Polytope | Vertices | Edges | Faces | Volumes | Self-Dual | Central |
---|---|---|---|---|---|---|
Hypercube | 16 | 32 | 24 | 8 | NO | YES |
Simplex | 5 | 10 | 10 | 5 | YES | NO |
Cross | 8 | 24 | 32 | 16 | NO | YES |
24-Cell | 24 | 96 | 96 | 24 | YES | YES |
120-Cell | 600 | 1200 | 720 | 120 | NO | YES |
600-Cell | 120 | 720 | 1200 | 600 | NO | YES |
Truncated Simplex | 10 | 30 | 30 | 10 | YES | NO |
Truncated Hypercube | 32 | 96 | 88 | 24 | NO | YES |
3x3 Cube | 9 | 18 | 15 | 6 | NO | NO |
3x3 Cross | 6 | 15 | 18 | 9 | NO | NO |
6x6 Cube | 36 | 72 | 48 | 12 | NO | YES |
6x6 Cross | 12 | 48 | 72 | 36 | NO | YES |
Icosa-Cylinder | 24 | 72 | 70 | 22 | NO | YES |
Icosa-Cone | 13 | 42 | 50 | 21 | NO | NO |
Hypercubic Grid | 81 | 216 | 216 | 96 | NO | YES |
The first six of these are the regular polytopes in four dimensions. A regular polytope has every edge the same length, every face the same shape, and every volume the same shape.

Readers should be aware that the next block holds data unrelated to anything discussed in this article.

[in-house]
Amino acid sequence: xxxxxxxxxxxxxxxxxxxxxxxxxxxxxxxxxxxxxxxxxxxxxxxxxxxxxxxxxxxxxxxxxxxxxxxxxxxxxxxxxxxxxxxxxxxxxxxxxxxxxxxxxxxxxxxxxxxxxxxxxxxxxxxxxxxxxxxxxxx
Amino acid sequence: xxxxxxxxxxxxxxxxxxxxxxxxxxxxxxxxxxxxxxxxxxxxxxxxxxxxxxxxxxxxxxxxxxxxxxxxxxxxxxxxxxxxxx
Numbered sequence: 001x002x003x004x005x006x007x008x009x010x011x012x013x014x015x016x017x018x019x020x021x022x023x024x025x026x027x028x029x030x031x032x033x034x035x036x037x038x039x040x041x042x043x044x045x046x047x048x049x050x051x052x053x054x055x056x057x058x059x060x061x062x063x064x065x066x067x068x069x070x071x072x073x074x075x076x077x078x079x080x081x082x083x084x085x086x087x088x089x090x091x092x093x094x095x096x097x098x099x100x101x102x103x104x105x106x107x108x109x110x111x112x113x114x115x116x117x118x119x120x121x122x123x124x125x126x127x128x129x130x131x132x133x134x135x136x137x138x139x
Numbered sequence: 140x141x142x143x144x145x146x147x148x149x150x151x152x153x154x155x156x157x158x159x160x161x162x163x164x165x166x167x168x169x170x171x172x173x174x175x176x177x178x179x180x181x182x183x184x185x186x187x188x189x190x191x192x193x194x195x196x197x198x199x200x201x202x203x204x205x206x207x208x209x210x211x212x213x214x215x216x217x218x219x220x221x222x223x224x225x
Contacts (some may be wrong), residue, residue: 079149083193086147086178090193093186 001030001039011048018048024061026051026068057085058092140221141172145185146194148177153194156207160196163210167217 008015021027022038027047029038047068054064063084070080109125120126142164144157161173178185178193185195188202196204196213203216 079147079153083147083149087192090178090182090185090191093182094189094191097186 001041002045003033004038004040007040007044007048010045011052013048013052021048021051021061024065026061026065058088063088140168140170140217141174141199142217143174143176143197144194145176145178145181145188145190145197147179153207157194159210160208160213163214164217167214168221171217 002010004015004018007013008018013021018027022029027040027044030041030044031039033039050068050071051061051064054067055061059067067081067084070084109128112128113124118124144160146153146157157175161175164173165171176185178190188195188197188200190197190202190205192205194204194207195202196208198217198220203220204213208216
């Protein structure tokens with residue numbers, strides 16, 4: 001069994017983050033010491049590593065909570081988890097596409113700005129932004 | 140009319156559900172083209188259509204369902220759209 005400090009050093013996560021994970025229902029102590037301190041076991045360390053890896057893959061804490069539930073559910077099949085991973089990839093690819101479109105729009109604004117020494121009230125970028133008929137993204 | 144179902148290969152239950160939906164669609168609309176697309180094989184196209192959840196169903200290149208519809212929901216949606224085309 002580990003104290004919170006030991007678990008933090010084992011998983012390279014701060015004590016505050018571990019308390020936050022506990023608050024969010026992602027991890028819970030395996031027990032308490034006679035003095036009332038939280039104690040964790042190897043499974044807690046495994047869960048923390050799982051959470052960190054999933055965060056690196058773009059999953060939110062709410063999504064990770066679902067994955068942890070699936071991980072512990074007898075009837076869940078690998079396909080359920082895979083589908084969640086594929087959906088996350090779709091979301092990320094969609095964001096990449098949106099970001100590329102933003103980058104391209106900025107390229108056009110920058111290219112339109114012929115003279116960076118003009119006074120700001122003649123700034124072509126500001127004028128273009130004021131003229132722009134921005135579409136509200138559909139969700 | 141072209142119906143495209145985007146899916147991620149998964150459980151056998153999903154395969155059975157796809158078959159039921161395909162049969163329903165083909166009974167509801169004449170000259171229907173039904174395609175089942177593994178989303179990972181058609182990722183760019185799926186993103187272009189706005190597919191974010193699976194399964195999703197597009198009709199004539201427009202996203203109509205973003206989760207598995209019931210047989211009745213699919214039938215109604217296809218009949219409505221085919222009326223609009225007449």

The dual of a polytope is gotten by replacing each vertex by a volume, edge by a face, face by an edge, and volume by a vertex. The hypercube and cross polytopes are duals of one another, as are the 120-Cell and 600-Cell. A polytope is self-dual if its dual is a polytope of the same type.
The column labelled Central indicates whether the polytope has central symmetry, that is, if it is unchanged by reflection through its center.
As you can see from the table, the 24-Cell is very special, being the only centrally symmetric self-dual polytope. The only other polytopes with this property are the polygons in two dimensions with even numbers of edges. The 24-Cell is also an orientable polytope, which means that it is possible to assign a direction to each of its edges such that every two dimensional face is bounded by a cycle. All polygons have this property, and in three dimensions, the octahedron has this property. None of the other polytopes shown here are orientable.